Imidacloprid will not control spider mites.
The fact that an effective insecticide will usually not harm a mite seems counter intuitive. After all they are both Arthropods i.e. small creatures with exoskeletons and jointed appendages. Although following this basic pattern, the body structure differences between mites and insects are dramatic. On closer inspection the mite has no antennae, no wings, 4 pairs of legs, an unsegmented abdomen, and simple eyes. Whereas an insect such as a bee will have 3 body parts, 2 compound eyes, 2 antennae, 4 wings, 3 pairs legs, and a segmented abdomen. These physical differences reflect a very ancient common ancestor.
The first arthropod fossils date to the Cambrian @ 555 million years ago (mya). From this common ancestor five groups emerged, 1.Trilobites – extinct, 2. Arachnids (spiders & mites), 3. Centipedes and millipedes, 4. Crustaceans, and 5. Insects. The Arachnids and centipedes are more closely related to each other than to the crustaceans and insects. So a lobster is more closely related to a bee than to a spider. Who would have thought? The oldest arachnid fossil dates to the Silurian period 420 mya, while the oldest insect fossil dates to the early Devonian 407 mya. Sometime in the Cambrian period 542 – 488 mya or Ordovician 488 – 433 mya the insect and arachnid lines diverged. During this time the animals diverged physically as well as metabolically. Imidacloprid capitalizes on the metabolic differences.
Insecticides vary in their mode of action, one of which is to interfere with the nervous system. Imidacloprid mimics the action of acetylcholine (a neurotransmitter). The normal functioning system calls for rapid degradation of acetylcholine to maintain control of neural transmission; a little like an on off switch. Imidacloprid is not degraded by normal enzymatic control and thus leaves the switch on which overexcites the nervous system and removes control from the insect. Imidacloprid is specific for insect nervous tissue and doesn’t affect mites or mammals in the same manner.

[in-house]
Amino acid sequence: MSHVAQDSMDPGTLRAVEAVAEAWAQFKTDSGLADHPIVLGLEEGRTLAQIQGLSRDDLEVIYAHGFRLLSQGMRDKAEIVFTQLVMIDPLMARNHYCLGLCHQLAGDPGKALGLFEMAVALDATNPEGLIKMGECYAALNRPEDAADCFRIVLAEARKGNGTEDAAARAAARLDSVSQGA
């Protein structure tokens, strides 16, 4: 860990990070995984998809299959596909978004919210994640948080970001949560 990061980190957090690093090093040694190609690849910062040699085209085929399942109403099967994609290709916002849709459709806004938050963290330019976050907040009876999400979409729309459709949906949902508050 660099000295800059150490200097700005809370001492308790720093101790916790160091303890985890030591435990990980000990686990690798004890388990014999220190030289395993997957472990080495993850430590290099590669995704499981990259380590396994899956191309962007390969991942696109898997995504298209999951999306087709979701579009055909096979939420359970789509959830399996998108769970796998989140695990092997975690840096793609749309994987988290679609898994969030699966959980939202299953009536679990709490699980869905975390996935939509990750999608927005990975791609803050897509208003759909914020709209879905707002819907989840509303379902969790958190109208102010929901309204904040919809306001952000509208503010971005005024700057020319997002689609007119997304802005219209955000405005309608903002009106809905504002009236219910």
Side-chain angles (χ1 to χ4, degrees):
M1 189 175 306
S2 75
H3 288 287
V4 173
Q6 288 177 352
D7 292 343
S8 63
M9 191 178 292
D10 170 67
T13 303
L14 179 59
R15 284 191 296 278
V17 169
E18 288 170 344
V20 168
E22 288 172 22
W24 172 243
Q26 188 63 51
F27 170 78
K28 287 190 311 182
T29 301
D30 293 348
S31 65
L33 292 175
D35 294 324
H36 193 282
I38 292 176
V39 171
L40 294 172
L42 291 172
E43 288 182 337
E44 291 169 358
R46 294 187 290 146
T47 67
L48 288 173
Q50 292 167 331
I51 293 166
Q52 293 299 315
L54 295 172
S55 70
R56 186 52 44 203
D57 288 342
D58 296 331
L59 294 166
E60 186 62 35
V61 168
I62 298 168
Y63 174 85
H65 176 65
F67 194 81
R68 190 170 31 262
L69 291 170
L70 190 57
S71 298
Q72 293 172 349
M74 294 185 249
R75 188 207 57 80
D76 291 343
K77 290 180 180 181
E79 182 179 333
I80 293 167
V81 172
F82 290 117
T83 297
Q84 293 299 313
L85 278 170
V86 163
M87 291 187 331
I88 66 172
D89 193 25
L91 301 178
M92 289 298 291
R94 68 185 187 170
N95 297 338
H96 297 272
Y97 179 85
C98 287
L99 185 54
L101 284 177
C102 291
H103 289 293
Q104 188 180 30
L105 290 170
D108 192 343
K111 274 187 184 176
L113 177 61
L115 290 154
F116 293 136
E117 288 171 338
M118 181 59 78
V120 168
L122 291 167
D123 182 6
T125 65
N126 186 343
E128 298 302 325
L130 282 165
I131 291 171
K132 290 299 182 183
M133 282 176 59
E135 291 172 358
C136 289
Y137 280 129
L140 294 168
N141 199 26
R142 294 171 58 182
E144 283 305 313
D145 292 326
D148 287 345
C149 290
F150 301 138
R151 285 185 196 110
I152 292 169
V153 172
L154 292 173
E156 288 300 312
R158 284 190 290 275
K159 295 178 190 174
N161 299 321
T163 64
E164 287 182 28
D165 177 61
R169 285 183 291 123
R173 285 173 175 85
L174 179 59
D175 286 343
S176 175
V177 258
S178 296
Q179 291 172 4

Spider mites use piercing-sucking mouthparts to feed on leaves (on the underside) and needles which results in a whitish or yellowish stippled, speckled look to individual leaves or needles and an overall bronzed or yellowed discoloration to the plant. Webbing indicates a spider mite infestation. Severe feeding can stunt the plant’s growth and can even kill the plant.
If you find discolored leaves and suspect spider mites, hold a white sheet of paper or paper plate under the leaves and shake the branch or leaves. If mites are present, you will find tiny spider-like creatures drop down and move around on the paper
Keep plants well watered to reduce their susceptibility to spider mites. You can take a hose and spray infested leaves and needles to dislodge some of the spider mites. If you want to treat your plants, consider applying insecticidal soap or horticultural oil. Although they are only moderately effective against mites, they are ‘soft’ on natural enemies and helps preserve any predators or parasites that are present. The product must directly contact the mites to kill them and repeated treatments may be necessary.
Residual miticides are not widely available to the general public. Effective active ingredients include bifenthrin, deltamethrin, and lambda cyhalothrin. Read the label carefully to be sure the plant you want to treat is listed for the product you intend to use and follow all label instructions.
Karl Foord, University of Minnesota Extension Educator